Recycle, reuse, reduce, repurpose

For many years, I worked in the US National Parks.  No, I was not a Park Ranger, although many of my friends were.  I worked for Xanterra Parks & Resorts, which was, for many years, the largest National Park concessionaire in the US. 

Concessionaire, you say.  You mean like they sold popcorn and peanuts at concession stands?  Well, maybe.  But being a concessionaire in the National Parks means running all those operations that the National Park Service [NPS] doesn’t want to operate.  You know, the hotels, the restaurants, gas stations, and a lot of the gift shops. 

Because we Xanterrans were answerable not only to NPS, but to the public as well, we not only jumped on early to the recycle, reuse, reduce bandwagon, we actually tried very hard to truly ride it.  And in most cases, even though we lived in “the middle of nowhere,” we were successful. 

So when I moved to Mexico three years ago, I carried that ideal with me.  It’s a noble cause which more of us should probably adhere to.  But, at least at Lake Chapala, the trash guys, or hombres de basura, are not really ready for that.  The local expat population has tried to change things, but it’s not easy.  Recycling requires time and money. 

While the hombres de basura may have the time to do it, the local governments don’t have the money to pay them to do it.  So most of us still just put out our trash the old fashioned way.  Everything in the trash can and the trash cans dumped into the truck.

Nonetheless, I noticed that the trash cans weren’t heaped up to overflowing like many US cans are, and I started thinking about the differences between here and there.  And one of the things I realized is that, while Mexicans may not be so hot at recycling, they are experts at reusing and/or repurposing!

Given that, at the beginning of this year, I decided to start living more of a Mexican lifestyle.  And one of the things that Mexicans do is to purchase their cleaning supplies from from a street vendor or from one of the local “refill” places. 

Since I don’t seem to have a street vendor where I live, I found a place just down the street from me where I could get my cleaning supply bottles refilled.  So when I’m out of floor cleaner or bleach or shampoo, I take my empty bottles down to my local lady and have them refilled instead of buying more plastic containers thereof.

As you can see, if you don’t have your own bottles or jugs, she can provide them.  She primarily uses empty milk and juice jugs since she has a large family and probably has a lot of containers she can reuse.

She has so many things for sale.  These are shampoos and conditioners.  The first time I went there, she touched my hair and said, basically, “Oh, honey, you really need some of this!” 

So, while in Mexico we may not recycle like all you good folks NOB, we certainly do reuse and/or repurpose. 

And if you’ve ever thought that it’s hard to get your kids or grandkids to understand why it’s so important to recycle or reuse, maybe you should put a “Super Mario Brothers” game or two in your refill station:

And maybe, just maybe, the kids will “get it,” too!


About Barbara

in april of 2008, i moved from the united states to mexico. during my working days, i held lots and lots of jobs....almost all chosen because they were fun or interesting instead of how much they paid. when i started thinking about retirement (in my 40s), i realized that i would never be able to retire to a country where english was the native language. and although i had traveled to every state in the US -- and lived in lots of them -- i had never been outside the country with the exception of canada and mexico. and since you now know that i could never afford to retire in canada (even to the french-speaking area), mexico won by default.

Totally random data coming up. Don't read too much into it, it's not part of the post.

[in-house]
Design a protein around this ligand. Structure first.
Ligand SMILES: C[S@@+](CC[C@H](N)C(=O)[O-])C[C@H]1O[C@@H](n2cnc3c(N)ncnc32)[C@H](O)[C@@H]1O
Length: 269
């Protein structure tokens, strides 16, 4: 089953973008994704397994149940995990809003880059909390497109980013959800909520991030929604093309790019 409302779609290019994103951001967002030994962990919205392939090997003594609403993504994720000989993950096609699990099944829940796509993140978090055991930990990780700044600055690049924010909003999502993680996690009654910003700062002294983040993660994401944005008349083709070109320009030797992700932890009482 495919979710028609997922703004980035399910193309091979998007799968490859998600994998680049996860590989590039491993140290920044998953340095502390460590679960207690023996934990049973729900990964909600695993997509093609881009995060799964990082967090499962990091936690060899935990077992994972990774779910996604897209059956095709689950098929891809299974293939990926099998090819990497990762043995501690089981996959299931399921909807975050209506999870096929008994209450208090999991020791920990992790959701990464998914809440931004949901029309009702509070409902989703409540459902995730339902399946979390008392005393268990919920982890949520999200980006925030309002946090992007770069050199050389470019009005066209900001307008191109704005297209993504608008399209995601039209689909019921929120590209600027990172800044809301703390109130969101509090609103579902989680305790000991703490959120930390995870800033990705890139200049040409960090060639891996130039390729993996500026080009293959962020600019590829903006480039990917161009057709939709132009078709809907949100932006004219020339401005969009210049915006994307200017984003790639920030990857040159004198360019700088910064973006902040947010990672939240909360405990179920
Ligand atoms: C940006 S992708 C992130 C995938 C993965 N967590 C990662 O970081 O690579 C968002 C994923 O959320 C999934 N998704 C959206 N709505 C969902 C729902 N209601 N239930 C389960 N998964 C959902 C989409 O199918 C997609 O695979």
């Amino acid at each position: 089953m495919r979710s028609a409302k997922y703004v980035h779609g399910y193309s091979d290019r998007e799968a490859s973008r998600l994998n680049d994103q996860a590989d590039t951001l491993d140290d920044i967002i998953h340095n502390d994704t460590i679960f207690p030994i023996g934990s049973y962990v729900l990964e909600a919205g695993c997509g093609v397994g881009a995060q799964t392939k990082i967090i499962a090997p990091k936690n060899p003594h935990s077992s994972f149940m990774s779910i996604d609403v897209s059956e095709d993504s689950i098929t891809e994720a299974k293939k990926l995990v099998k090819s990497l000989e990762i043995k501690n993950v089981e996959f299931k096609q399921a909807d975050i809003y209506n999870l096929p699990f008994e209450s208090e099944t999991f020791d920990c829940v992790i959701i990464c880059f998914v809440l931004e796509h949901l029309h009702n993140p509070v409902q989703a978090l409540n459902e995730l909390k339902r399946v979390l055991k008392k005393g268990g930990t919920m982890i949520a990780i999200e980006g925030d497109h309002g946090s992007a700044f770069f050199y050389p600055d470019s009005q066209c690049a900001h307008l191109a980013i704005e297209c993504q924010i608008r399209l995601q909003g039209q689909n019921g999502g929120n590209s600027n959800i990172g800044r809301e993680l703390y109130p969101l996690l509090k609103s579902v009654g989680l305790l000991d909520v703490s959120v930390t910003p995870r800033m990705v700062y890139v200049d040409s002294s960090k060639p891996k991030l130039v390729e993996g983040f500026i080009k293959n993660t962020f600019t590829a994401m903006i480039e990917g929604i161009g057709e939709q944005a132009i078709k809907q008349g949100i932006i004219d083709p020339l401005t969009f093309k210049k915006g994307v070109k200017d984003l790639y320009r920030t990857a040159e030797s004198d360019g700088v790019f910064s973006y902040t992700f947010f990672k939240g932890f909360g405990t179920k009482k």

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6 Responses to Recycle, reuse, reduce, repurpose

  1. Gigi says:

    Yes, this is great! You make me miss Mexico!

  2. Barbara says:

    gigi, i know you thought this post would be more about repurposing. trust me, there WILL be postings about that, too, because folks down here are so good at it!

  3. Reusing and repurposing is so much better than recycling anyway. It takes resources and money to recycle, but reusing it easy! Our entire drinking glass collection is made up of food jars. 😉 And I miss Mexico too, even though it’s only a half hour drive away. We don’t cross anymore, due to the terrible situation in Juarez. :~(

    • Barbara says:

      TAD: at some point, i’m going to have to address “the elephant in the room”….the narco problems in Mexico. here in the lake chapala area, we are, for the most part, pretty much removed from it. but it’s certainly something in the back of our minds.

      i’m sorry that you can’t visit Mexico anymore, but i certainly understand your concerns.

      and i’m glad that you, too, know how easy it is sometimes to take the small step of reusing and/or repurposing.

      thanks for writing.


  4. judy says:

    my friend and i were just having a conversation about this the other day. my family is from mexico and i just came back from a visit. i was reminded how clever the people there are when it comes to repurposing what we would call “trash”. they are truly experts at it!

  5. Barbara says:

    Judy, not only do they repurpose, of course, but i’m always amazed at the creativity of using resources on hand instead of rushing out to buy something. one of my favorites here in Mexico is hanging your wet laundry on bushes or fences to dry. it says a few different things to me. first, you don’t need to use propane or electricity for a dryer. second, you don’t even need to buy a line to hang the clothes on or clothespins. and third, that it’s safe to hang your clothes out where any passerby could steal them if they’re of a mind to do so!

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